The Evangelical & the Academy by S. M. Hutchens

The Evangelical & the Academy

In the cover feature of the October 2000 Atlantic Monthly, Alan Wolfe considers the “Opening of the Evangelical Mind.” He observes that American Evangelicals, while the lineal heirs of fundamentalism, have rejected their forebears’ anti-intellectualism and developed a surprisingly competent academy. He notes, however, that schools like Wheaton, Calvin, and Fuller, to remain true to their Evangelical heritage (and, one presumes, to their constituencies), must also relinquish any real allegiance to the principle of academic freedom when they insist, as they all presently do, that faculty affirm institutional statements of faith or denominational confessions.

Wolfe suggests a conclusion that has been easy to repress among those whose independence from fundamentalist constrictions has been an article of faith for more than a half century: No confessedly Evangelical (indeed, one must say, any Christian) institution, no matter how loose it sits to its professed beliefs, will have the respect of the intellectual establishment until institutional Christianity becomes part of a history overcome. He believes that what is moving the Evangelical schools along the right path is an opening process—a process in which Evangelical scholars have self-consciously been engaging for years. The logical, and perhaps, historically speaking, inexorable end to which Wolfe points is that these schools become secular, like the vast majority of American colleges that started their courses as Evangelical—an evolution copiously documented by George Marsden in The Soul of the American University.

Wolfe notes Stanley Fish’s observation that what is called academic freedom in the secular academy does not in fact exist, that it “rather than being open to all points of view, is open to all points of view only so long as they offer themselves with the reserve and diffidence appropriate to Enlightenment decorum, only so as they offer themselves for correction.” This dominant academic temper, no less fundamentalist than fundamentalism, has given cold comfort to the Evangelical intellectual who has consistently shown, from the beginnings of his existence as such, great sensitivity about his “color difference” from the larger academy, and a strong desire to be as like (academic) folk as possible. He wishes to be an Evangelical Christian on one hand and a card-carrying academic as well—yet in a world accurately described by Fish as constitutionally hostile to religious dogma. On one side lies the fundamentalist intransigence he denounces at every opportunity, on the other the illiberality of academic irreligion, which he ignores when he can. As an Evangelical in the pay of Evangelicals, he still bears the stigma of religious conviction (might we call it the “dogmata”?), so, no matter what his skill or accomplishment, his rejection of fundamentalism is rarely enough to gain him entrance, particularly in the humanities, to anything but the vestibule of the club of which he so desperately wishes to be a fully recognized member.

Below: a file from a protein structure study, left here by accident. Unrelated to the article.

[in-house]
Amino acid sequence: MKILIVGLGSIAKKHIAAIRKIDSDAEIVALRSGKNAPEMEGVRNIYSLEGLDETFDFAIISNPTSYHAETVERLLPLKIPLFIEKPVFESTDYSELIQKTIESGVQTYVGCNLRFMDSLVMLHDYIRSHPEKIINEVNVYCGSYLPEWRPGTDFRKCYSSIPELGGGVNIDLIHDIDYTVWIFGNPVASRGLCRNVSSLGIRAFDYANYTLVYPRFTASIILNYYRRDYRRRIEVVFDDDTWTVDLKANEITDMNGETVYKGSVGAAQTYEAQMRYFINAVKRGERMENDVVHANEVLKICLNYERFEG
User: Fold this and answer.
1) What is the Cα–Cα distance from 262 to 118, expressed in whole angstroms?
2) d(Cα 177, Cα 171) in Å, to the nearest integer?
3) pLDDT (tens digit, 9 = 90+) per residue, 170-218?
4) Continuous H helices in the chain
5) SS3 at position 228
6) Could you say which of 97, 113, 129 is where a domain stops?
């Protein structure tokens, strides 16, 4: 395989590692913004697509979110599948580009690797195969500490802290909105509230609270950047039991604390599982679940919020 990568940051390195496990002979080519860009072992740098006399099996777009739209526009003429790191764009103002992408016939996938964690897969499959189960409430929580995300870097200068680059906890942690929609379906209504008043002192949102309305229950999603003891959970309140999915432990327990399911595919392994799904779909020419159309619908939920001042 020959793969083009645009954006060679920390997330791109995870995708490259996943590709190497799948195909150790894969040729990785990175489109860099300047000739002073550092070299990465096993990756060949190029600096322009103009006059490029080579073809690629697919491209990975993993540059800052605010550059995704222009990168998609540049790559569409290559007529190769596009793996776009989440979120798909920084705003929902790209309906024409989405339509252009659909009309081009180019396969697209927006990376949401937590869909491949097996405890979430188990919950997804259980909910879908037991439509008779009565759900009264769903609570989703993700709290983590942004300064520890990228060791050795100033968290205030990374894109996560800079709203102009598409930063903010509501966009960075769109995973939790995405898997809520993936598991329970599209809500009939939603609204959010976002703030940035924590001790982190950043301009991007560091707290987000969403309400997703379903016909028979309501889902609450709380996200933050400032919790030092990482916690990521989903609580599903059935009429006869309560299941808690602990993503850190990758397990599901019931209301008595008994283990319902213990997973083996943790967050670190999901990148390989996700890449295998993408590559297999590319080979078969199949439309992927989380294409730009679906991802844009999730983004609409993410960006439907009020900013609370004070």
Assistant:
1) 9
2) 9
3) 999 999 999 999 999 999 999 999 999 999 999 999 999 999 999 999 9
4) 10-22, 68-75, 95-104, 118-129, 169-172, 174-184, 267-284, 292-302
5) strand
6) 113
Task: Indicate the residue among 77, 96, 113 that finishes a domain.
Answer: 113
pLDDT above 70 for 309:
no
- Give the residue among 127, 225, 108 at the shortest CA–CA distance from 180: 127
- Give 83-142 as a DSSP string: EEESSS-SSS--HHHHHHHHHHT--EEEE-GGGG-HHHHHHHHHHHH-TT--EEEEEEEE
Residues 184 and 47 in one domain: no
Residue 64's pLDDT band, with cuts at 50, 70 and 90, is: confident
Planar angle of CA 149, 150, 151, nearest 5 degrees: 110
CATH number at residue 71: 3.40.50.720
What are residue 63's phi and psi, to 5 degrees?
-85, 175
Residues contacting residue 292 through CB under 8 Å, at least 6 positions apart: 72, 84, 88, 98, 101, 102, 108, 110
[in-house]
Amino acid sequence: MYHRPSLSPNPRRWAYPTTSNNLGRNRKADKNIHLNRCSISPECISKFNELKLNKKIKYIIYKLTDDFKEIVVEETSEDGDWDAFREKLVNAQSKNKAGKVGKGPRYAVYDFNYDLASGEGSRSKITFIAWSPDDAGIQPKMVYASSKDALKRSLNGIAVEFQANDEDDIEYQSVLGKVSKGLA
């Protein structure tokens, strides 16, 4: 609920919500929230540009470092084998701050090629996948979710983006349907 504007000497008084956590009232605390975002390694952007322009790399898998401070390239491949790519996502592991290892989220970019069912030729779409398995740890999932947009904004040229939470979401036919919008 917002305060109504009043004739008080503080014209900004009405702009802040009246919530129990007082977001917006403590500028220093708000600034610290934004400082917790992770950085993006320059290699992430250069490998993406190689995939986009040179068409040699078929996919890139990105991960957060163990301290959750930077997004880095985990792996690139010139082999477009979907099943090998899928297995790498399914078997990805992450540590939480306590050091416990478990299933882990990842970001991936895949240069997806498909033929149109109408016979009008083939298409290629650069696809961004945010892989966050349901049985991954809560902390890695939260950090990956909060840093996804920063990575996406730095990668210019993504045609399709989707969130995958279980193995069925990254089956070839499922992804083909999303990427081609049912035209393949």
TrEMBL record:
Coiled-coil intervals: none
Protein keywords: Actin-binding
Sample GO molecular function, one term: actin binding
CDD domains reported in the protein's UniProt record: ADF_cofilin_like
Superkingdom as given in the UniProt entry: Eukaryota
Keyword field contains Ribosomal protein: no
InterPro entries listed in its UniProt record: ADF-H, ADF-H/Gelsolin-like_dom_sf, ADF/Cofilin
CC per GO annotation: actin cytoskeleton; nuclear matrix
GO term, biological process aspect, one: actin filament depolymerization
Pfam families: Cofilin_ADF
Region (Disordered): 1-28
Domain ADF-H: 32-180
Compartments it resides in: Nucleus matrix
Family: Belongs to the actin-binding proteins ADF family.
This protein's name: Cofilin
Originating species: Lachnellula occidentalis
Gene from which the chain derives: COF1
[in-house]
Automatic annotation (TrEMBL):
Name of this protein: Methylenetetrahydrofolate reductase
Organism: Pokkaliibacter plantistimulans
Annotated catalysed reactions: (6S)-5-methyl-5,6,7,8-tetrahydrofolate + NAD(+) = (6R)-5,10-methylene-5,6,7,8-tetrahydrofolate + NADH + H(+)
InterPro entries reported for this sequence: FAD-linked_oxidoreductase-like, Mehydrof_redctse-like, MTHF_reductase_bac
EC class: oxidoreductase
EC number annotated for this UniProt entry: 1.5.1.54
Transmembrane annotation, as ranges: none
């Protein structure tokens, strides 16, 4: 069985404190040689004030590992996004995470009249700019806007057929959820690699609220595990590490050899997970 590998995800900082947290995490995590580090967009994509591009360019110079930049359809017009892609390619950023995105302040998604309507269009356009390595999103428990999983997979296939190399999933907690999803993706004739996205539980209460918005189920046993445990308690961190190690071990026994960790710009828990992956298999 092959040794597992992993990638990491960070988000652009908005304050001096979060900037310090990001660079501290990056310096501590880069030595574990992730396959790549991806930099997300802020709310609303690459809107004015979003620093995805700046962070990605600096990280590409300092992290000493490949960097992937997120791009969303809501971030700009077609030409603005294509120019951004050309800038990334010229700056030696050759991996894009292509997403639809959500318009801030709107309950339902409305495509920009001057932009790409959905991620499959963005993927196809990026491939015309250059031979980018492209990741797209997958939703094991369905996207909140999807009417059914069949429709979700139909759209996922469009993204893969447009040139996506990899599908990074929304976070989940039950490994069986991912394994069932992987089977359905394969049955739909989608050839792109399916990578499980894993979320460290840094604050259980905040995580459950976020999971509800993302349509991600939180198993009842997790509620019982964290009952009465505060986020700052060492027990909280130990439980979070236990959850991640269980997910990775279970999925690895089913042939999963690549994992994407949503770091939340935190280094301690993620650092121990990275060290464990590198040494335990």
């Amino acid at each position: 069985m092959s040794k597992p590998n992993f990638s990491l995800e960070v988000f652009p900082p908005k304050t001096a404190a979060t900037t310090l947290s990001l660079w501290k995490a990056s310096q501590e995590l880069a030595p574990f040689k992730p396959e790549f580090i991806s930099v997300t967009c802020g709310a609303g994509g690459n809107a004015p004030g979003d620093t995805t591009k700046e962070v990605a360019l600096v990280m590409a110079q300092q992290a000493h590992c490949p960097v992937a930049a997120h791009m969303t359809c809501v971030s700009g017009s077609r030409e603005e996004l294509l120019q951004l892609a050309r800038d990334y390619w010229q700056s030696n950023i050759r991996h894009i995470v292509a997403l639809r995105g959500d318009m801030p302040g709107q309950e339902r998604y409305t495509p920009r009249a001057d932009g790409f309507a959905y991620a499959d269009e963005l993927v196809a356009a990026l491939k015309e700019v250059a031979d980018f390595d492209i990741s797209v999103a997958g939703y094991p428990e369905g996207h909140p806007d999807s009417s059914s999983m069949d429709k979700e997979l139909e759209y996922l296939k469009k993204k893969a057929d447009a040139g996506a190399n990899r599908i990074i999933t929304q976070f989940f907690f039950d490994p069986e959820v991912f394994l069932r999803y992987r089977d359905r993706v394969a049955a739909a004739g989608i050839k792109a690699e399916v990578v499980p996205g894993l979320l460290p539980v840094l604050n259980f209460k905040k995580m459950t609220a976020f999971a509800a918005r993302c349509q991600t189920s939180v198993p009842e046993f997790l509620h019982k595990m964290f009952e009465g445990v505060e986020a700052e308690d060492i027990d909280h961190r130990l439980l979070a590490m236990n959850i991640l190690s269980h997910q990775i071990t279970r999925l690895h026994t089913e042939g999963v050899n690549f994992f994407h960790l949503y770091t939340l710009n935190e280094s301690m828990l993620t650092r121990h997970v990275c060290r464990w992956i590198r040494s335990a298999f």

THIS ARTICLE ONLY AVAILABLE TO SUBSCRIBERS.
FOR QUICK ACCESS:


S. M. Hutchens is a Touchstone senior editor.

calling all readers

Please Donate

"There are magazines worth reading but few worth saving . . . Touchstone is just such a magazine."
—Alice von Hildebrand

"Here we do not concede one square millimeter of territory to falsehood, folly, contemporary sentimentality, or fashion. We speak the truth, and let God be our judge. . . . Touchstone is the one committedly Christian conservative journal."
—Anthony Esolen, Touchstone senior editor

Support Touchstone

• Not a subscriber or wish to renew your subscription? Subscribe to Touchstone today for full online access. Over 30 years of publishing!


personal subscriptions

Purchase
Online Subscription

Get a one-year full-access subscription to the Touchstone online archives including pdf downloads for only $19.95. That's only $1.66 per month!


RENEW your online subscription

Purchase Print &
Online Subscription

Get six issues (one year) of Touchstone PLUS full online access including pdf downloads for only $39.95. That's only $3.34 per month!


RENEW your print/online
subscription

gift subscriptions

GIVE Print &
Online Subscription

Give six issues (one year) of Touchstone PLUS full online access including pdf downloads for the reduced rate of $29.95. That's only $2.50 per month!


RENEW your gift subscription

Transactions will be processed on a secure server.

bulk subscriptions

Order Touchstone subscriptions in bulk and save $10 per sub! Each subscription includes 6 issues of Touchstone plus full online access to touchstonemag.com—including archives, videos, and pdf downloads of recent issues for only $29.95 each! Great for churches or study groups.

kindle subscription

OR get a subscription to Touchstone to read on your Kindle for only $1.99 per month! (This option is KINDLE ONLY and does not include either print or online.)

Your subscription goes a long way to ensure that Touchstone is able to continue its mission of publishing quality Christian articles and commentary.


more from the online archives

31.5—September/October 2018

Pastoral Realism

on the Congregation as a Wilderness by Paul Gregory Alms

30.1—Jan/Feb 2017

The Heart of Paradise

The Godly Hierarchies of Love & Marriage by Diane Woerner

32.5—September/October 2019

Make Men Pious Again

2018 Conference Talk by C. R. Wiley

00